Well, if you were thinking that Barack Obama was going to come out in his first public post-presidential appearance Monday and start throwing partisan haymakers, you were mistaken.
What was billed—or at least described as, in the account I read Monday morning—a speech encouraging activism and political engagement among young people didn’t end up being even that. All he did was talk for about three minutes about his days as a community organizer on the same South Side of Chicago where the event was held (“I am the first to acknowledge that I did not set the world on fire”), and led a pretty earnest and boring panel discussion with six or so of the kind of engaged young people who at age 17 have resumes three times the length of mine today.
CNN tried gamely to stay with it for the full noon hour, but the network cut away at 12:53; just couldn’t make it. Then a little panel discussion ensued in which Zerlina Maxwell and Amy Walter both noted that there was a small irony in Obama making this his first choice for a public reappearance because it’s not exactly like he, as president, “set the world on fire” recruiting young Democrats. Both also noted, however, that that isn’t really a president’s job. And they’re right. It’s the party’s job.
In any case, it was an intentionally snoozy reemergence, one suspects. A little reminder to liberals looking for him to dive back into the deep end of the pool that he will do no such thing. And unlike most liberals I think that can be defended, to a point. Ex-presidents should stay above the fray, for a while. How would liberals have reacted if George W. Bush had been flinging acid at Obama in the first months of his presidency?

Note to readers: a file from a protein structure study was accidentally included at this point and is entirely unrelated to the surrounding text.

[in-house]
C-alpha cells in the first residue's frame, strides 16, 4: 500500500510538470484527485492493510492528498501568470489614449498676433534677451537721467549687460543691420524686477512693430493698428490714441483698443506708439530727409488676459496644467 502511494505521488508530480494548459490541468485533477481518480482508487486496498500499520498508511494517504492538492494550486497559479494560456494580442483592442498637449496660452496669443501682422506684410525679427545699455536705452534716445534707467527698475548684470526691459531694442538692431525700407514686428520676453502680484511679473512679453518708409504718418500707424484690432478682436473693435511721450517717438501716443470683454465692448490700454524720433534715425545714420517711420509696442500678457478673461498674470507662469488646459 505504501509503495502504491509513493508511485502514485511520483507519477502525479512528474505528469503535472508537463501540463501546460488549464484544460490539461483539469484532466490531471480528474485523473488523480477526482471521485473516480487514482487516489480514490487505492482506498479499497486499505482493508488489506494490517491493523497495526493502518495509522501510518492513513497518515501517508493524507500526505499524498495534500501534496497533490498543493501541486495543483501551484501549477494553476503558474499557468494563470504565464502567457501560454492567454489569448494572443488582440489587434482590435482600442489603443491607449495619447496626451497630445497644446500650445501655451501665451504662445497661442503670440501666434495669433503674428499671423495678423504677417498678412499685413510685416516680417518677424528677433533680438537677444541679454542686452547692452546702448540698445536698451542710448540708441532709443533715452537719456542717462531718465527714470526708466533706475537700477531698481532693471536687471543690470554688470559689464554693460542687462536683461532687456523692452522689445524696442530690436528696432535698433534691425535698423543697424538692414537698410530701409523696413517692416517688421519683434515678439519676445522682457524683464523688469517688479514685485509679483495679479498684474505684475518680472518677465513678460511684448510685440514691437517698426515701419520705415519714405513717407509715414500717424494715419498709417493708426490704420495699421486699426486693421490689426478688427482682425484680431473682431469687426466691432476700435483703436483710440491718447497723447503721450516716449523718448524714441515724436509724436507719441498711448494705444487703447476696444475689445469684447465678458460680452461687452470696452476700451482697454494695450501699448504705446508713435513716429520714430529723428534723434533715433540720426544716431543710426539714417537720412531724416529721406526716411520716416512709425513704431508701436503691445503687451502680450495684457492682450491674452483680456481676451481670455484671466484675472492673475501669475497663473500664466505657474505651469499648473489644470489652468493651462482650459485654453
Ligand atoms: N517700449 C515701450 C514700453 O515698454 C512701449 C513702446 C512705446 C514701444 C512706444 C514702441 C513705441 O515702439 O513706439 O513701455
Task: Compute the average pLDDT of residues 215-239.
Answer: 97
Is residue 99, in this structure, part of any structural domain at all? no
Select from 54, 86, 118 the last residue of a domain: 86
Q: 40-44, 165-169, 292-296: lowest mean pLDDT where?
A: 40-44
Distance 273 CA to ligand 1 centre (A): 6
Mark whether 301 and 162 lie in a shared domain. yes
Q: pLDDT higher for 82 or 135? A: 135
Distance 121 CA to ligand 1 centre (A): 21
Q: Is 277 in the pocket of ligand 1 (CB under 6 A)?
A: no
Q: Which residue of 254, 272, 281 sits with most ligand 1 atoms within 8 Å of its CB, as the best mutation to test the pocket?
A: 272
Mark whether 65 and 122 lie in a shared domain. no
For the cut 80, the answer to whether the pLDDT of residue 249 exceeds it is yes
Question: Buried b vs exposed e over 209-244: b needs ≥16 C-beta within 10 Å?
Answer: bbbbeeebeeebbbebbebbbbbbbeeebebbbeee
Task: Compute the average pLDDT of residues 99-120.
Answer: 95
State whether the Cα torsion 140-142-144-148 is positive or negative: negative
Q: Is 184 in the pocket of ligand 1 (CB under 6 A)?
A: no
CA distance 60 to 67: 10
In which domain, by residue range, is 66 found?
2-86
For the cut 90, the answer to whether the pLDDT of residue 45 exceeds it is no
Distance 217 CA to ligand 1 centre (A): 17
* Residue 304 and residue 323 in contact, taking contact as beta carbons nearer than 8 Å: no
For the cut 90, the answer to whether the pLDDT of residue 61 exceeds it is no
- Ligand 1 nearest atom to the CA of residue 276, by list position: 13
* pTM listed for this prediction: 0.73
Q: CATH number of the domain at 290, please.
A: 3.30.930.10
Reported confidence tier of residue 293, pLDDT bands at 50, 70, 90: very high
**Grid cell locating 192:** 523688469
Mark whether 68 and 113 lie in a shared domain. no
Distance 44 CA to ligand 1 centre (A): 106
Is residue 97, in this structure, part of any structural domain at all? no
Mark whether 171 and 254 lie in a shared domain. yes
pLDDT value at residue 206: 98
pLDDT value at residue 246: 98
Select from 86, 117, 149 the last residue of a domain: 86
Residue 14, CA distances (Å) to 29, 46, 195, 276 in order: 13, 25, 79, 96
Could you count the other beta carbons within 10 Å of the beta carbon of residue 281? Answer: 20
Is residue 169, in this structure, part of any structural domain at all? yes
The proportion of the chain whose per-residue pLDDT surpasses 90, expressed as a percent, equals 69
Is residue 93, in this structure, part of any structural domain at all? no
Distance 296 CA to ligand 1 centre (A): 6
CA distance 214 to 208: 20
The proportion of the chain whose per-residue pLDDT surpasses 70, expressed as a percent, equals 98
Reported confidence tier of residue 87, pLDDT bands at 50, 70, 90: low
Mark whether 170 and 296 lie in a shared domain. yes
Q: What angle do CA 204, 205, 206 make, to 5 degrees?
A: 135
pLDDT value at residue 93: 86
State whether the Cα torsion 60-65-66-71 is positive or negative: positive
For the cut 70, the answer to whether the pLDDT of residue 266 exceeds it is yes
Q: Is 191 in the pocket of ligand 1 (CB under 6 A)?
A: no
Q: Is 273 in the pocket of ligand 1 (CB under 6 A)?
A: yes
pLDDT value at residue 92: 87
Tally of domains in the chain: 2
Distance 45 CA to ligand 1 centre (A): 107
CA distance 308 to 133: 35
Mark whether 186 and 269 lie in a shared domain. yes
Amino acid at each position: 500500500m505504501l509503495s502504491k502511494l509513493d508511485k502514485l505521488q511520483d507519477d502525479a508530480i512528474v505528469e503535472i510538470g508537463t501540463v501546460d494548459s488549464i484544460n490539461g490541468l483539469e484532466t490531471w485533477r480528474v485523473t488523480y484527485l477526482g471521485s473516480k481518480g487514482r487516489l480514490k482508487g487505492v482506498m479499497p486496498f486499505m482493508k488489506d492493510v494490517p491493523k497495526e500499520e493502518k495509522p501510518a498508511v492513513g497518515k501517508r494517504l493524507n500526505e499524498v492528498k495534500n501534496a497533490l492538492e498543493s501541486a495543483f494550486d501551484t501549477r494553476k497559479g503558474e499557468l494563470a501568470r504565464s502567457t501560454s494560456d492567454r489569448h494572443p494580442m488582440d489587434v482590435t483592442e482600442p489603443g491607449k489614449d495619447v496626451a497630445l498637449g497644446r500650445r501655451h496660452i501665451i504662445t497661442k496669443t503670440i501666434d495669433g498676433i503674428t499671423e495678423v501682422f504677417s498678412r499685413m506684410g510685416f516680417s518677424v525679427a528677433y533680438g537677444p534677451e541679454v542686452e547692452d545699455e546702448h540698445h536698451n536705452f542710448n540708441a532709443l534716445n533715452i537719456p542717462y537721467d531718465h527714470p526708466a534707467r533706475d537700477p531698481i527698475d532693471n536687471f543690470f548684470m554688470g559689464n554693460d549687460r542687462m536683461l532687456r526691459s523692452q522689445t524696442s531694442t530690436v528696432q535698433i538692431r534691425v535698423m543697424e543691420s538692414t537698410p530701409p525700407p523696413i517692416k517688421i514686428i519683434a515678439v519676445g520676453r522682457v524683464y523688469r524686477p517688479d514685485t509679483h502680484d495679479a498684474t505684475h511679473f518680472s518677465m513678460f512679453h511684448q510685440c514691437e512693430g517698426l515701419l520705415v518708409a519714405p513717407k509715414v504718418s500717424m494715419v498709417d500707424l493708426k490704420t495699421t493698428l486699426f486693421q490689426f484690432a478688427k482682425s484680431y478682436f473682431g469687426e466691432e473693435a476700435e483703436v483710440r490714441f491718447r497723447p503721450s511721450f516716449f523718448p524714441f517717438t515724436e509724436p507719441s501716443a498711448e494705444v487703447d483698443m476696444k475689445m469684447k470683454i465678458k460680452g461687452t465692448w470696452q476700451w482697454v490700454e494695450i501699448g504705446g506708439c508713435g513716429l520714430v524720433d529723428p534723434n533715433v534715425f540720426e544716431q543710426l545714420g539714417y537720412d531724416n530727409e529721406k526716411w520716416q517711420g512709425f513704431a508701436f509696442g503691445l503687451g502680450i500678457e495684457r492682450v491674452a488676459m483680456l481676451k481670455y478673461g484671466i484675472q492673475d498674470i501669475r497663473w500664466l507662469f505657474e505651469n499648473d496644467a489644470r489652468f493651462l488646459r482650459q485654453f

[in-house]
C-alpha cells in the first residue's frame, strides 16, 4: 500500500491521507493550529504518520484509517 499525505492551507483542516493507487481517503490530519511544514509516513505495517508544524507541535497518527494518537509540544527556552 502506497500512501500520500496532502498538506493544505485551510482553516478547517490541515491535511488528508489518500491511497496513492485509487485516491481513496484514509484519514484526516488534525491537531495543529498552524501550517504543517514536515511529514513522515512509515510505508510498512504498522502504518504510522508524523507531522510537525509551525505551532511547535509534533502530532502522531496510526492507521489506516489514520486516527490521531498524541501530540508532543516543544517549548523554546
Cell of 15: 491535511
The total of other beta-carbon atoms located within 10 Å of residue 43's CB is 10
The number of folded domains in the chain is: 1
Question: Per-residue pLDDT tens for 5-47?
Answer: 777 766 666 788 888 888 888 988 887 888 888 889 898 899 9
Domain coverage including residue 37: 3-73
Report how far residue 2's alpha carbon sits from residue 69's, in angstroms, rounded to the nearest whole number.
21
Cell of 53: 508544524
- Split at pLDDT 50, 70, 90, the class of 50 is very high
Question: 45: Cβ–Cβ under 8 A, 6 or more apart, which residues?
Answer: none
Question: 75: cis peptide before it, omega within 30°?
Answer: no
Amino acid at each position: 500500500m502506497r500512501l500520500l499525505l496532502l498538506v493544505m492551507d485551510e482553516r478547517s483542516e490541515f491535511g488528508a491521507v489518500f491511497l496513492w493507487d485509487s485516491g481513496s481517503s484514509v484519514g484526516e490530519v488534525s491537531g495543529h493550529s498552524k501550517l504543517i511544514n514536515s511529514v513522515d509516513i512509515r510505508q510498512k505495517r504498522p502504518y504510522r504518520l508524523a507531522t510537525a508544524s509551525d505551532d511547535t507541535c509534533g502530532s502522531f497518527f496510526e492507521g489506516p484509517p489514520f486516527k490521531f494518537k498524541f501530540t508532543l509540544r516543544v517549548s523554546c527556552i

In addition, it’s kind of his time to get off the stage and let others grab for the brass ring. The year after a party loses the White House is the most Siberian year there is for a political party—dispirited, no power, no natural leader, out in the wilderness. Events will force a new leader to emerge. The ex-president should stay out of the way of that process.
The riposte to all that is that Obama, and Bush and Clinton and Bush Sr. and Reagan and so on, were all within the bounds of the normal, while Trump is a unique danger. That’s certainly true. But I still think Obama ought to hold his fire for the big things that veritably demand a response.
There remains the question of what he’s going to do with himself. He said at this event that he’s going to devote time to preparing the next generation of leadership yadda yadda. And we know he’s doing his anti-gerrymandering project with Eric Holder. Anything else?
There was this rumor kicking around at the end of last year that he wanted to start a media company. He apparently discussed it with aides, and even maybe (hence the “rumor” part) with Mark Zuckerberg.
He did talk a bit again at Monday’s event about media fragmentation, which he’s discussed a lot. So if Obama were going to start a media company, he’d presumably want to try to transcend said fragmentation.
But I don’t know what would make him think that he could. Exactly which conservatives are going to watch Obama TV? If he did attempt such a venture, there’d be heavily funded right-wing Obama TV monitoring groups ready to start watching for signs of secret Kenyanism and pressuring sponsors before it even went on the air.
It’s the same old problem really. Obama wanted to transcend partisanship as president and came into office actually thinking that he could, to some extent. It took him about five years to learn that the Republicans weren’t going to permit that under any circumstances, at which point he finally started doing some executive orders and going around Congress. Then came the election, in which he was even-handed to a fault, at least when it came to the Russia stuff. And I understood the transition stuff, even as most other liberals complained he was showing Trump too much respect. Outgoing presidents take that peaceful transfer-of-power thing seriously.
But now? As I said, he should pick his shots carefully. But picking shots means that you affirmatively take some. His America needs him to.